What is a network switch?

Ever think about the technical wizardry that connects you to the Internet at work? If you have setup your connection at home through your cable company, you might have a concept of a box that plugs into the wall with your devices connecting to that box either with a cable or wirelessly. After that connection is made, those devices can access the Internet.

On campus, it’s slightly (a lot) more complicated than that for many reasons. One reason is the sheer volume of devices on campus and another reason is because you access things from your desktop that are only accessible from a campus connection.

The concept is similar to your home connection in that there is a box–or two–that make those connections possible. One of those boxes is called a network switch. A switch allows us to consolidate all connections in an area into one closet, and connects them to the network and Internet. A switch looks like this:

network switchA switch like the one here would connect 48 devices to the campus network and Internet.

Throughout campus, on almost every floor of a building, there is a closet with network equipment, including a switch or switches. For each connected device (think: computer and printer) on that floor or in that area, there is a cable that comes into the closet and makes its way to one of those openings on the front of the switch. There’s another cable that comes off the switch and goes into another box, effectively putting that switch–and all the devices connected to it–on the campus network and the Internet.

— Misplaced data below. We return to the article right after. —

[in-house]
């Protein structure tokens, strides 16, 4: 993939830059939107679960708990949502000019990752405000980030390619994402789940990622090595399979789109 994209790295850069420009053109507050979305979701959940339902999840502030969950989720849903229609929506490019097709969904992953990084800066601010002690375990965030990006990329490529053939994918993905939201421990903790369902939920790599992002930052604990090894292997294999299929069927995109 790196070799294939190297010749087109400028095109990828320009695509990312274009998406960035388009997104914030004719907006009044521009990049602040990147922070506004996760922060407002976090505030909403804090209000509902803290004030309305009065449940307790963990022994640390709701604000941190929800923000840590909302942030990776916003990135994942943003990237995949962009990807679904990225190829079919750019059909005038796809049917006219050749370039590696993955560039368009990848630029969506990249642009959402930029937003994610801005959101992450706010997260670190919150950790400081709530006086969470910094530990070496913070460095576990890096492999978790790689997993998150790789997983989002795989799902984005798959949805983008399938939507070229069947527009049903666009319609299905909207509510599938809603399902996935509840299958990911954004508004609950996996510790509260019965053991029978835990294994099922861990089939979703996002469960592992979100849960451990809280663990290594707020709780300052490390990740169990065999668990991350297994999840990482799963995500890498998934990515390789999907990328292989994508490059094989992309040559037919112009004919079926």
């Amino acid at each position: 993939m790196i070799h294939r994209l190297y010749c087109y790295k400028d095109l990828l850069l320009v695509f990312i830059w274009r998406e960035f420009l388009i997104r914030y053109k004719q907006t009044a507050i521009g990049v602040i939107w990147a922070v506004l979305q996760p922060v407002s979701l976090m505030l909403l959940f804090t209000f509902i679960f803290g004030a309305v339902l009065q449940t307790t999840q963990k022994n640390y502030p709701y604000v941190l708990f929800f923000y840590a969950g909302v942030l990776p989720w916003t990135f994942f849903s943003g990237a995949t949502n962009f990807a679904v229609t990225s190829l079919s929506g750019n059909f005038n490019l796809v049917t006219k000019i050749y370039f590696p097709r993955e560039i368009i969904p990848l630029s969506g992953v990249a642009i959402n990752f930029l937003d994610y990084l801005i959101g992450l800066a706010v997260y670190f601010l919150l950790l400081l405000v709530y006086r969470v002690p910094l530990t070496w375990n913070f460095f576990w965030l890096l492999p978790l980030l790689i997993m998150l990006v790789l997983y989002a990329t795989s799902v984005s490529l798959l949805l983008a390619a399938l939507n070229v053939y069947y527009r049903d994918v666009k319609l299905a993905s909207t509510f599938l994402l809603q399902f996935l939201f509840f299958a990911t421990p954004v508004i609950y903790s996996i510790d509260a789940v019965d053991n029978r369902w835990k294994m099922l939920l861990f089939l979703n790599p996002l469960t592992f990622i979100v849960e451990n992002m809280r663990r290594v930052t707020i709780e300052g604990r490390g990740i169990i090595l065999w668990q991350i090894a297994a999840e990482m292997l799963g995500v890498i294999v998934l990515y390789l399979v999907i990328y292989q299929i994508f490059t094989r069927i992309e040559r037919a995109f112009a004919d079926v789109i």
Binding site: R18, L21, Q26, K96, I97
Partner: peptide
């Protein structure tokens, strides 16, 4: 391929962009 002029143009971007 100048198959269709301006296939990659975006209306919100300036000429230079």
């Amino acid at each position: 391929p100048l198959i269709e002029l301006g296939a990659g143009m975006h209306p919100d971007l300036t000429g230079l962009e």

Here’s an example a basic network closet at UB. It has one switch. The blue, yellow, and green cables each represent a connected device on that floor.

network closet

With the network switch replacement project starting, we hope it’s helpful to share information about the role this hardware plays in allowing you to do your online work. This is a bare bones explanation of how our Internet connections work and a switch’s purpose at UB. There are many components and configurations that sit between your computer and the Internet. That detail would bore most of us but maybe we’ll have someone write about that during this project for those who love that stuff.

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